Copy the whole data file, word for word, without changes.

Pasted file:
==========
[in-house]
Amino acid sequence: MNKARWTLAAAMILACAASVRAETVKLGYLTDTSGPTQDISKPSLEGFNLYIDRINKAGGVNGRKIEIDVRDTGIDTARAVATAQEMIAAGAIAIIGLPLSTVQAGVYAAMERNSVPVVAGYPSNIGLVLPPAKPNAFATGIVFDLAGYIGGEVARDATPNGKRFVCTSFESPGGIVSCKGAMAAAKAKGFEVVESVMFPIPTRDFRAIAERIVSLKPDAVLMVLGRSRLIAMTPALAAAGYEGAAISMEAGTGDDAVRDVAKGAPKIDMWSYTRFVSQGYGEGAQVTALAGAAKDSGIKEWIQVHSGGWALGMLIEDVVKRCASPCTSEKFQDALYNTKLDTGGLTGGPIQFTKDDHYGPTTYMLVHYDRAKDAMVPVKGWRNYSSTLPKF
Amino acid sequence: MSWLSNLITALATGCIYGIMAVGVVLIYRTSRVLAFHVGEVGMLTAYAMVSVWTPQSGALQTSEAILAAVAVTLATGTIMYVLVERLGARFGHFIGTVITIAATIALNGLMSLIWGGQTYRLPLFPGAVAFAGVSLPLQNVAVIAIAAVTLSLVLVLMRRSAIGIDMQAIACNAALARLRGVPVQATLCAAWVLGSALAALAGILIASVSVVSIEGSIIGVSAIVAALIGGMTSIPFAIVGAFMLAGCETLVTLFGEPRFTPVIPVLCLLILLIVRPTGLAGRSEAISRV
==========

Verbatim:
[in-house]
Amino acid sequence: MNKARWTLAAAMILACAASVRAETVKLGYLTDTSGPTQDISKPSLEGFNLYIDRINKAGGVNGRKIEIDVRDTGIDTARAVATAQEMIAAGAIAIIGLPLSTVQAGVYAAMERNSVPVVAGYPSNIGLVLPPAKPNAFATGIVFDLAGYIGGEVARDATPNGKRFVCTSFESPGGIVSCKGAMAAAKAKGFEVVESVMFPIPTRDFRAIAERIVSLKPDAVLMVLGRSRLIAMTPALAAAGYEGAAISMEAGTGDDAVRDVAKGAPKIDMWSYTRFVSQGYGEGAQVTALAGAAKDSGIKEWIQVHSGGWALGMLIEDVVKRCASPCTSEKFQDALYNTKLDTGGLTGGPIQFTKDDHYGPTTYMLVHYDRAKDAMVPVKGWRNYSSTLPKF
Amino acid sequence: MSWLSNLITALATGCIYGIMAVGVVLIYRTSRVLAFHVGEVGMLTAYAMVSVWTPQSGALQTSEAILAAVAVTLATGTIMYVLVERLGARFGHFIGTVITIAATIALNGLMSLIWGGQTYRLPLFPGAVAFAGVSLPLQNVAVIAIAAVTLSLVLVLMRRSAIGIDMQAIACNAALARLRGVPVQATLCAAWVLGSALAALAGILIASVSVVSIEGSIIGVSAIVAALIGGMTSIPFAIVGAFMLAGCETLVTLFGEPRFTPVIPVLCLLILLIVRPTGLAGRSEAISRV